A marine environment.

Jeff Foott/DCI |

The oceans cover more than two-thirds of the globe, providing a home for at least 118 species of mammals. To make their living there, these mammals have to be able to suspend their breathing for lengthy periods. The capacity of seals and cetaceans for carrying oxygen is higher than land mammals because their blood contains twice the number of red blood cells. This, along with a circulatory system that diverts blood from other parts of the body to the heart and brain, permits them to carry out protracted dives. Cetaceans can also slow down their heart rate during long dives; some whales may remain submerged for almost two hours. To survive in the coldest regions of the ocean, fur-covered marine mammals such as the harp sealmake use of air trapped in the fur as an added layer of insulation. Small mammals also employ vasoconstriction, reducing blood flow to the limbs to keep the body core and vital organs at a constant temperature. Large cetaceans such as the sperm whale keep warm with an enormous shell of insulating blubber. When they need to cool down, they draw in ocean water through the blow hole and circulate it through nasal passages, cooling the capillaries in the adjacent spermaceti organ of the head, effectively cooling the whale's whole body. The heated water is then expelled from the blow hole.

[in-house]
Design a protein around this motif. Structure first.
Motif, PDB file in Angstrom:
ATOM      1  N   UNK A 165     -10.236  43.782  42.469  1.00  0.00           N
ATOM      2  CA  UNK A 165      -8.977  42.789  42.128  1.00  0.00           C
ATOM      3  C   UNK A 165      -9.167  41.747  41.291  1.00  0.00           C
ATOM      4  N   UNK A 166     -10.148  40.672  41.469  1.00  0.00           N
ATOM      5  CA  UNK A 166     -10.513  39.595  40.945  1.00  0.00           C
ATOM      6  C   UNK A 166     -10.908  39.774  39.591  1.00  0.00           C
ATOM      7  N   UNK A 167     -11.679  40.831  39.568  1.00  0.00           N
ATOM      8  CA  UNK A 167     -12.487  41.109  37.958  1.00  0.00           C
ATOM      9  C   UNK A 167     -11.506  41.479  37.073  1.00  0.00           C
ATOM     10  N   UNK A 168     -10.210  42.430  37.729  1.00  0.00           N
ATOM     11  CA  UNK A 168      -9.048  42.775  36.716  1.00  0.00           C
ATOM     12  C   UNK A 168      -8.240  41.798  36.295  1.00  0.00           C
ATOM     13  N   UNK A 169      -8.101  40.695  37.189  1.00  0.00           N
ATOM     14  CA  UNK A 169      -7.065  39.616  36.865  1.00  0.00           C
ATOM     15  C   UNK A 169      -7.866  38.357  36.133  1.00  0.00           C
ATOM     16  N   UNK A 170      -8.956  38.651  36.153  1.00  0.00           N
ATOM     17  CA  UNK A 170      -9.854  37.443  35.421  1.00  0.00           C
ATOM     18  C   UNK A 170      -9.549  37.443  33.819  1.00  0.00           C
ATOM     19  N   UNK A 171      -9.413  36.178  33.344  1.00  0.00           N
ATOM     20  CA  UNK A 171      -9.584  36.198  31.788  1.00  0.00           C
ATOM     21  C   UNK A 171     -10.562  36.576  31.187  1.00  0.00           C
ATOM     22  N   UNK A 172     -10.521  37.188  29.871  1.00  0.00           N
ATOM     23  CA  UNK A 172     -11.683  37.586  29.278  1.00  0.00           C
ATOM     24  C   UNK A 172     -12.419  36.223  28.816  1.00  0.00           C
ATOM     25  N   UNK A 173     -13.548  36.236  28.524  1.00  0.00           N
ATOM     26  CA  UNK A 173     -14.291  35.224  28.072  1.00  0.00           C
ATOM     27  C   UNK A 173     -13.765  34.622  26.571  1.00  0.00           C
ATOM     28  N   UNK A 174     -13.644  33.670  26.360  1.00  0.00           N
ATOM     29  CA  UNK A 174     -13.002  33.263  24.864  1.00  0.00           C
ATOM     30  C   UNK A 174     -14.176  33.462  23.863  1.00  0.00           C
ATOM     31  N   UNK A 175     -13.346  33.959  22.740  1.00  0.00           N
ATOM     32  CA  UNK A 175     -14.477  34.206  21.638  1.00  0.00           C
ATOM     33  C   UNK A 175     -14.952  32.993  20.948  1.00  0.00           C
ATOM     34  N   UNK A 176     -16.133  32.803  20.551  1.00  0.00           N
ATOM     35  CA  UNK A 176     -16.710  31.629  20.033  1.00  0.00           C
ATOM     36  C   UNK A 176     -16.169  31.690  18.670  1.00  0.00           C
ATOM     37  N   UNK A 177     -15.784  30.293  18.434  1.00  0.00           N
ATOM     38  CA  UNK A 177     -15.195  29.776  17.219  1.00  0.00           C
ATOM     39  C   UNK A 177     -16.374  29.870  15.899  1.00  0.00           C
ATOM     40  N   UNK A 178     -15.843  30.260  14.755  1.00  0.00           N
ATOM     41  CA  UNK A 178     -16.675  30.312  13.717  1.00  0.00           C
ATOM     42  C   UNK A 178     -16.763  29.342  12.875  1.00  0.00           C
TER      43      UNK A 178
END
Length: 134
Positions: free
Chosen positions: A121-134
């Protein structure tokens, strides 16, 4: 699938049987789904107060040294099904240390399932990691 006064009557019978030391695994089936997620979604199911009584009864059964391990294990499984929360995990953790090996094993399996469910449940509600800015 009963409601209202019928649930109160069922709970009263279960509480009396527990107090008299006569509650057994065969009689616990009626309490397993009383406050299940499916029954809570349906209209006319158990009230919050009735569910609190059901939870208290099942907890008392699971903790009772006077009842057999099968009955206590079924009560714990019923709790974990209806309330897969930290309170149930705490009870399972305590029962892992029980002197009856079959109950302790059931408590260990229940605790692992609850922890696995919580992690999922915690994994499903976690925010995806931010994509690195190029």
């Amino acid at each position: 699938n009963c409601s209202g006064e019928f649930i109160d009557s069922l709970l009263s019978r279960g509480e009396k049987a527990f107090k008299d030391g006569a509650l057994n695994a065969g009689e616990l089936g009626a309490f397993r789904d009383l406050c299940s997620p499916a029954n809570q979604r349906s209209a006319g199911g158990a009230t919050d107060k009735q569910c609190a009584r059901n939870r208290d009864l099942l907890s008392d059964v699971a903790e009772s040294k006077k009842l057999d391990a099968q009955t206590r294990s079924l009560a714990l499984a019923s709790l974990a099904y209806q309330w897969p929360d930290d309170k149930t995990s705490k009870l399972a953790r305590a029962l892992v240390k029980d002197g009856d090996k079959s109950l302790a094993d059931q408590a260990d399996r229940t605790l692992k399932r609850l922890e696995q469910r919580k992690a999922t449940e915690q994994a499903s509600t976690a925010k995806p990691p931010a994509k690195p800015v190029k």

Ready for the first mammal? Check out the Blue Whale.